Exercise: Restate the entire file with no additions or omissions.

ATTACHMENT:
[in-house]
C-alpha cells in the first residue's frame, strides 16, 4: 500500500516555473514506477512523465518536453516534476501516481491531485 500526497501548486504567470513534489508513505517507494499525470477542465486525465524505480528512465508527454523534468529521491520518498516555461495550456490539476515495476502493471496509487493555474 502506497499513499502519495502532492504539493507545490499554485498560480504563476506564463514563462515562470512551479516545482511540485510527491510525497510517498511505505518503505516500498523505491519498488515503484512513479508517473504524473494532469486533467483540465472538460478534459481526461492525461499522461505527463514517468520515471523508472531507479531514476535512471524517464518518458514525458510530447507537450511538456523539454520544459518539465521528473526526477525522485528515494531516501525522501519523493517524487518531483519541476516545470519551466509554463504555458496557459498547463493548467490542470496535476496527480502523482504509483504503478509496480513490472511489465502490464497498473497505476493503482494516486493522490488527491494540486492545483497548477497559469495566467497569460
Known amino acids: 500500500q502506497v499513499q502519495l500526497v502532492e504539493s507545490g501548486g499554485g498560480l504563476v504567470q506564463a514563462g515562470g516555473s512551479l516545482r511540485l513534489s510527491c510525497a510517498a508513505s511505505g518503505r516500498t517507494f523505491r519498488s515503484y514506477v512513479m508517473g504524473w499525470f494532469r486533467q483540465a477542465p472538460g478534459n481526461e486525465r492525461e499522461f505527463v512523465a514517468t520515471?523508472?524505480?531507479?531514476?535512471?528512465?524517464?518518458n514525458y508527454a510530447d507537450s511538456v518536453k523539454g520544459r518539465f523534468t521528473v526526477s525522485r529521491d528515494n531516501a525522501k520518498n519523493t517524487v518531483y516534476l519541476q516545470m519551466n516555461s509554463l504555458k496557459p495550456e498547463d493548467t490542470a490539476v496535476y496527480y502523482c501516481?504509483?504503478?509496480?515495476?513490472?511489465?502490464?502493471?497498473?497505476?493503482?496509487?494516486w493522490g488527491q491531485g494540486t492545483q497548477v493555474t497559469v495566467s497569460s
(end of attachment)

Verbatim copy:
[in-house]
C-alpha cells in the first residue's frame, strides 16, 4: 500500500516555473514506477512523465518536453516534476501516481491531485 500526497501548486504567470513534489508513505517507494499525470477542465486525465524505480528512465508527454523534468529521491520518498516555461495550456490539476515495476502493471496509487493555474 502506497499513499502519495502532492504539493507545490499554485498560480504563476506564463514563462515562470512551479516545482511540485510527491510525497510517498511505505518503505516500498523505491519498488515503484512513479508517473504524473494532469486533467483540465472538460478534459481526461492525461499522461505527463514517468520515471523508472531507479531514476535512471524517464518518458514525458510530447507537450511538456523539454520544459518539465521528473526526477525522485528515494531516501525522501519523493517524487518531483519541476516545470519551466509554463504555458496557459498547463493548467490542470496535476496527480502523482504509483504503478509496480513490472511489465502490464497498473497505476493503482494516486493522490488527491494540486492545483497548477497559469495566467497569460
Known amino acids: 500500500q502506497v499513499q502519495l500526497v502532492e504539493s507545490g501548486g499554485g498560480l504563476v504567470q506564463a514563462g515562470g516555473s512551479l516545482r511540485l513534489s510527491c510525497a510517498a508513505s511505505g518503505r516500498t517507494f523505491r519498488s515503484y514506477v512513479m508517473g504524473w499525470f494532469r486533467q483540465a477542465p472538460g478534459n481526461e486525465r492525461e499522461f505527463v512523465a514517468t520515471?523508472?524505480?531507479?531514476?535512471?528512465?524517464?518518458n514525458y508527454a510530447d507537450s511538456v518536453k523539454g520544459r518539465f523534468t521528473v526526477s525522485r529521491d528515494n531516501a525522501k520518498n519523493t517524487v518531483y516534476l519541476q516545470m519551466n516555461s509554463l504555458k496557459p495550456e498547463d493548467t490542470a490539476v496535476y496527480y502523482c501516481?504509483?504503478?509496480?515495476?513490472?511489465?502490464?502493471?497498473?497505476?493503482?496509487?494516486w493522490g488527491q491531485g494540486t492545483q497548477v493555474t497559469v495566467s497569460s